Is It Safe to Buy a Used Motorcycle Helmet?
Motorcycles have many safety features, but you can’t forget to protect your head. While you may purchase a used motorcycle or used gear, you shouldn’t buy a used motorcycle helmet. Here are a few reasons why.
Motorcycle helmets break, but you can’t see inside
Motorcycle helmets are good for one crash only. In an accident, the outer shell cracks and the inner shell compresses, cushioning your head. That inner shell can only compress one time though. You don’t want a helmet that’s been in a crash or shows any external damage.
You don’t want any internal damage either, but you’d have to remove the outer shell to see inside the helmet. Even helmets that haven’t been in a crash could be damaged if they’ve been dropped. If a helmet falls from four feet or higher (whether your head is in it or not), it should be replaced. The best way to get an undamaged helmet is to buy a new one.
Motorcycle helmets all expire after a few years, even if they haven’t been used. Exactly how long it takes depends on the materials. Polycarbonate helmets expire after about four years, and composite helmets expire after six or seven years on average.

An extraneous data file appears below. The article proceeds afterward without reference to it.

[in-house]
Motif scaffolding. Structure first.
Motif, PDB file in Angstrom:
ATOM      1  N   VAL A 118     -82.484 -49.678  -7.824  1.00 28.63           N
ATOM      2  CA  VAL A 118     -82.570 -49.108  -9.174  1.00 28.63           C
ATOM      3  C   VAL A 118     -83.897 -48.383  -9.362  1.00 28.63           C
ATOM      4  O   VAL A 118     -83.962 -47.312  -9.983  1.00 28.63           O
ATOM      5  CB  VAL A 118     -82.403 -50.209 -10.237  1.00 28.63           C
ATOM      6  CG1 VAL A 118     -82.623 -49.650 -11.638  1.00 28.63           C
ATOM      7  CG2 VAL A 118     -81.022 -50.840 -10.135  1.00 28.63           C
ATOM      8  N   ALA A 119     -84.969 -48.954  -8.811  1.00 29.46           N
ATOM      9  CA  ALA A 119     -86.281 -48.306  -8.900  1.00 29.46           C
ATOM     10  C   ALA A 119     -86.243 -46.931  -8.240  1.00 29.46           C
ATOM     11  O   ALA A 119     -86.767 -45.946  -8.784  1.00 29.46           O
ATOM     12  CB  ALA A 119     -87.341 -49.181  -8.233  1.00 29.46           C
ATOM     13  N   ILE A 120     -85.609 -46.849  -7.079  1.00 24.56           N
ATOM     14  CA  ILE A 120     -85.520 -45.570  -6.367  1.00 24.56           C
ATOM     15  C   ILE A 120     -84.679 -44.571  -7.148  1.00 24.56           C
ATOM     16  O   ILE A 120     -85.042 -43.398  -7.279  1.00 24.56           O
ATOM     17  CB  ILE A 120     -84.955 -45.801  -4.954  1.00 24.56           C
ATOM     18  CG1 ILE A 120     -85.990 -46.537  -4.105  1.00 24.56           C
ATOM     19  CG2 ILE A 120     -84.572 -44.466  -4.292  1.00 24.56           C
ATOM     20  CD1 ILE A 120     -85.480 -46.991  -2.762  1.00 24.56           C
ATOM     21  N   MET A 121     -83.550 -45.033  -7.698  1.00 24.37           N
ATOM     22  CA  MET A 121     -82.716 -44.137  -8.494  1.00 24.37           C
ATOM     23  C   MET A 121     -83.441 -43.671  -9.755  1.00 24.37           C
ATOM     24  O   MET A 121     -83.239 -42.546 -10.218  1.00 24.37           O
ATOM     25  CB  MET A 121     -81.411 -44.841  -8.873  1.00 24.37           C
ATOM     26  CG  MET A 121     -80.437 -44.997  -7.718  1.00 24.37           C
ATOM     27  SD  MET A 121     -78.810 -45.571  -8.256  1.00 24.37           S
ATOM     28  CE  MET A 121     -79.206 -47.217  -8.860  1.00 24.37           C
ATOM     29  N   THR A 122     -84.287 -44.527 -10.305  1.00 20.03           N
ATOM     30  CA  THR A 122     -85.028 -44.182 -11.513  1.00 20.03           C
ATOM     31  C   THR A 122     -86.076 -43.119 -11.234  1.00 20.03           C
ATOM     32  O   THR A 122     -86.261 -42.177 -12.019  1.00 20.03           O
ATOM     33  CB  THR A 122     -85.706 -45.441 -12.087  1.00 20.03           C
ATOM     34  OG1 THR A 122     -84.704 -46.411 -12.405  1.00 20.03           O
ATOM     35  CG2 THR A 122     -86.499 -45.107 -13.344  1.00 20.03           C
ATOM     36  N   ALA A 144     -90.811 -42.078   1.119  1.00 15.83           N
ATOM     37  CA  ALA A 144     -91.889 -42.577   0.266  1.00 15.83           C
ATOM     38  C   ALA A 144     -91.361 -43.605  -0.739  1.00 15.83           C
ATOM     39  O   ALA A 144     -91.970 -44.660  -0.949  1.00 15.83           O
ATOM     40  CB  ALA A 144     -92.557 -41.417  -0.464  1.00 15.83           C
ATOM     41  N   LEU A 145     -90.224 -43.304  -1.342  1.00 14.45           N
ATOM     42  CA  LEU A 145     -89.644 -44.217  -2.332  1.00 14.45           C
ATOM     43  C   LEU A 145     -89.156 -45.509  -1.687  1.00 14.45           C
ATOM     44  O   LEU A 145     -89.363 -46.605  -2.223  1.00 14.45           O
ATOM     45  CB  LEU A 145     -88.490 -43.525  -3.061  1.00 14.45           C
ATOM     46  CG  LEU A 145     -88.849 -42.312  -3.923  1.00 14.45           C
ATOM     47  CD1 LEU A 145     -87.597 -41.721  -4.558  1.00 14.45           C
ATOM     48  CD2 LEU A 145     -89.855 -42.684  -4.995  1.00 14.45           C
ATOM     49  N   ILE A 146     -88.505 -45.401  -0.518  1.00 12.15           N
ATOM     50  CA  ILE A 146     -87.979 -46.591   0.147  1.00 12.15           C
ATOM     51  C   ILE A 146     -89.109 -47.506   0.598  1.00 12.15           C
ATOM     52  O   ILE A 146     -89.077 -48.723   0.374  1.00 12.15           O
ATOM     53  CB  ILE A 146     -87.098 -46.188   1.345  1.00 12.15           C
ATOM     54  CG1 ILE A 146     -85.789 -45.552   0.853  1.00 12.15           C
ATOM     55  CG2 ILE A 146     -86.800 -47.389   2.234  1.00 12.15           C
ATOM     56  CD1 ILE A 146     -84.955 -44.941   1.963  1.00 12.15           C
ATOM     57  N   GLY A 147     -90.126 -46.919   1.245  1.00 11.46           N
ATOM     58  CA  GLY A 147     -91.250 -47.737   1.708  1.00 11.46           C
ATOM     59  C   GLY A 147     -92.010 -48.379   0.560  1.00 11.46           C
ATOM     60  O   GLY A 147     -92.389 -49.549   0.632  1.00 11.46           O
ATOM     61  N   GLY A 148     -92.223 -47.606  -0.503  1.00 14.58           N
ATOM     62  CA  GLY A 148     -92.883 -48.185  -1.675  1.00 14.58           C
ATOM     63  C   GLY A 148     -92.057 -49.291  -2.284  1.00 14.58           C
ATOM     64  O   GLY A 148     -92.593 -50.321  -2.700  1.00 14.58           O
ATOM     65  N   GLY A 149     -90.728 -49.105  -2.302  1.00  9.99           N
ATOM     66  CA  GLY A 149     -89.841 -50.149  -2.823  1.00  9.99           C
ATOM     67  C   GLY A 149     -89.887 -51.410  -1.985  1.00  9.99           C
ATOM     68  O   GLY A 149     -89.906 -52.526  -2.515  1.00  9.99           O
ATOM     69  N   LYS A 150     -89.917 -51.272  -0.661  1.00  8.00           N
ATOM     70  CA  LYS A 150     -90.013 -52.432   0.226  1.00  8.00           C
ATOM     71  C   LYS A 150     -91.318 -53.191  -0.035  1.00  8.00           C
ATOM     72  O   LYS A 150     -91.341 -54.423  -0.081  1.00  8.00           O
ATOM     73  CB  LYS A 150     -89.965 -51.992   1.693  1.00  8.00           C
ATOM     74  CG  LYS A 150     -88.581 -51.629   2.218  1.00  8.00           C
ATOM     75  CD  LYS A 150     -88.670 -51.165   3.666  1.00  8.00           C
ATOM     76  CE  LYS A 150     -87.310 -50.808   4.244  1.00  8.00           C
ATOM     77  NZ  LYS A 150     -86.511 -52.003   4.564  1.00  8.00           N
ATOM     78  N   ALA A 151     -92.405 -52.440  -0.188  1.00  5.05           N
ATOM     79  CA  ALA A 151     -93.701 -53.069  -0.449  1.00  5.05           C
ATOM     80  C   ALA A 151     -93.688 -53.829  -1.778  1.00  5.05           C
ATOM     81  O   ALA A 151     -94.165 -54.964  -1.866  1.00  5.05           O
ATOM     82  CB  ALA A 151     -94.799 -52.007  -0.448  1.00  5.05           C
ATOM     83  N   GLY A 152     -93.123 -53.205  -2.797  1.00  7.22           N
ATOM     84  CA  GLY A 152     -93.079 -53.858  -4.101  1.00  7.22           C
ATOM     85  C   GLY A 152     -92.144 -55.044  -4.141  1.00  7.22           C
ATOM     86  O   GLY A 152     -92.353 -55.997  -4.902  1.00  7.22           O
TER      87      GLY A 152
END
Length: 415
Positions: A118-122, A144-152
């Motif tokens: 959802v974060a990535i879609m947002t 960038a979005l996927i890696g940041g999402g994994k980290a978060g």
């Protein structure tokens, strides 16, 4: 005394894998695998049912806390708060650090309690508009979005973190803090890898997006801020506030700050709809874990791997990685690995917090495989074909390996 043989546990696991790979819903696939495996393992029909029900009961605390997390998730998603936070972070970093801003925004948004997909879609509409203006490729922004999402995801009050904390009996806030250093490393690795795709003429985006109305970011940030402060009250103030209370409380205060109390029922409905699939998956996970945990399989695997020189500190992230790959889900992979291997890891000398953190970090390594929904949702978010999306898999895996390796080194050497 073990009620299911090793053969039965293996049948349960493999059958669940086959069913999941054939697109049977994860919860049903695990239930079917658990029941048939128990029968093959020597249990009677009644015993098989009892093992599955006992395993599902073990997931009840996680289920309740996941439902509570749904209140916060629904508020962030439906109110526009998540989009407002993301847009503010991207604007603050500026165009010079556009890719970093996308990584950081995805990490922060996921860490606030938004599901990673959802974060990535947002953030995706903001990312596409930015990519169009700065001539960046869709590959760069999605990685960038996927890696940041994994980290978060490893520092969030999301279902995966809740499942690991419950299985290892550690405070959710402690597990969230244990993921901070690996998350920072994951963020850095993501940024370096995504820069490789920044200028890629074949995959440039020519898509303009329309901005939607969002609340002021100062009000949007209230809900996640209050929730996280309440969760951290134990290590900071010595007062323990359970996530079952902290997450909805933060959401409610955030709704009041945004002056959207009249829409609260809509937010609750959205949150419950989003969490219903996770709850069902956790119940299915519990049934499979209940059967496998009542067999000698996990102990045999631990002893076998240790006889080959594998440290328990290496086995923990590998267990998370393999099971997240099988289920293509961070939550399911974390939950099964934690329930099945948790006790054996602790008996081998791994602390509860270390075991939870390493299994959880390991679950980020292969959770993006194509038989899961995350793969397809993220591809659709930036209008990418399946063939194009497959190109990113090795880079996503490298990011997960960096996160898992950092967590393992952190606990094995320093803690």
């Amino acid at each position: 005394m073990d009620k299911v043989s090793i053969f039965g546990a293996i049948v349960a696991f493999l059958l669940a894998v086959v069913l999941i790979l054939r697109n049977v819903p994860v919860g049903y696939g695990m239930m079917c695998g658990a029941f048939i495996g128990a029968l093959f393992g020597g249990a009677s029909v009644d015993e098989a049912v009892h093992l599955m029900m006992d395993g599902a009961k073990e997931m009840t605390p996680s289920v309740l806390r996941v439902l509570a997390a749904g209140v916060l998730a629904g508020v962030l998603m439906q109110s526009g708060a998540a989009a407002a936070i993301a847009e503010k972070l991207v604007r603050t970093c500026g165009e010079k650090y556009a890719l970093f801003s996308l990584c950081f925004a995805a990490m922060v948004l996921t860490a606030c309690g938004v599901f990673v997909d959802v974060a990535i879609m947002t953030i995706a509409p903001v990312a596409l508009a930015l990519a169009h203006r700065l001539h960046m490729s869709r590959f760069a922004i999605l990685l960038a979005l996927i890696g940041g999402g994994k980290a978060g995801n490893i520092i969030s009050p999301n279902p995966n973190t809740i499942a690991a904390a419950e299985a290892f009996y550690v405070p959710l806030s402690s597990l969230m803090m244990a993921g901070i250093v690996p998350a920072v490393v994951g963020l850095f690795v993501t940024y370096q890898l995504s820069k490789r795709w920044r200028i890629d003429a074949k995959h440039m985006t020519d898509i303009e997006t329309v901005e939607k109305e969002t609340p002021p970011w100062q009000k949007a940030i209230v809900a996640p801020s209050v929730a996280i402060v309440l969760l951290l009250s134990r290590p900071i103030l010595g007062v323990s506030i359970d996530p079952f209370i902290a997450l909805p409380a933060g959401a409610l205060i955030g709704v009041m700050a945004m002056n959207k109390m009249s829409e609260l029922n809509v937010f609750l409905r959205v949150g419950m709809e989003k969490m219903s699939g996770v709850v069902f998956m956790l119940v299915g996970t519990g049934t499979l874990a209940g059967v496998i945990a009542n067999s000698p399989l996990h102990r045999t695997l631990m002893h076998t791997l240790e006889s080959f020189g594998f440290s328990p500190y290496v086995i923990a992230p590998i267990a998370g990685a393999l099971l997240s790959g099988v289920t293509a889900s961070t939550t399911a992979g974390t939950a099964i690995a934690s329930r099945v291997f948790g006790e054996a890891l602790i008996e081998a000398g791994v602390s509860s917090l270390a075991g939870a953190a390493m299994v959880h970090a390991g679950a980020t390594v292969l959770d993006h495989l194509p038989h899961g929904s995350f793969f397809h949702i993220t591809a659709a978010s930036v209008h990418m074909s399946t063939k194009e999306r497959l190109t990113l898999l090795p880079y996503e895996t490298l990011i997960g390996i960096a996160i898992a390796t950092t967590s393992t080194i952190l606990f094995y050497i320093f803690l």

You want a helmet made of fresh materials at their peak ability to absorb the shock of a crash. When you buy a helmet, look under the inner lining to find a sticker showing the production date, and make sure it’s a recent date. If there’s no sticker, you’ll have no idea of the helmet’s age.
Motorcyce helmets wear out
While helmets expire after four to seven years, how long it takes a particular helmet to wear out depends on its quality, how much it’s worn, and how well it’s cared for. A helmet exposed to rain, UV rays, or extreme temperatures will age faster. With enough time, the inner shell will harden and get brittle. If it’s too hard to compress, it won’t protect your head.
Helmet technology evolves
Motorcycle helmets have been around since the early 1900s, and their design technology continues to evolve. Today’s helmets include materials like carbon fiber and Kevlar®. The newest helmets include Bluetooth connectivity and will soon have augmented reality displays. Vintage helmets will already be expired and won’t meet today’s safety standards.
Motorcycle helmets are dirty
While not a safety risk, helmets pick up lots of sweat and hair products. It isn’t common to get lice from a helmet, but it is possible. If hygiene is a concern, the cleanest motorcycle helmet is a brand new one.
Helmets fit their owner’s head
Like sneakers, motorcycle helmets have an inner lining that shapes to the wearer’s head over time. A used helmet won’t fit as well for a new owner and may feel uncomfortable. Any space inside the helmet means it could wiggle, reducing its effectiveness in a crash.
Guest helmets may have the same problems
A used guest helmet may not have been used much. It might still look like it’s in great condition. However, it could have all of the aforementioned problems. Plus, you can’t actually confirm that the guest helmet really only had occasional use and isn’t old or damaged.
While it’s great to save money, don’t do it by buying a used motorcycle helmet. The safety of your head isn’t worth it.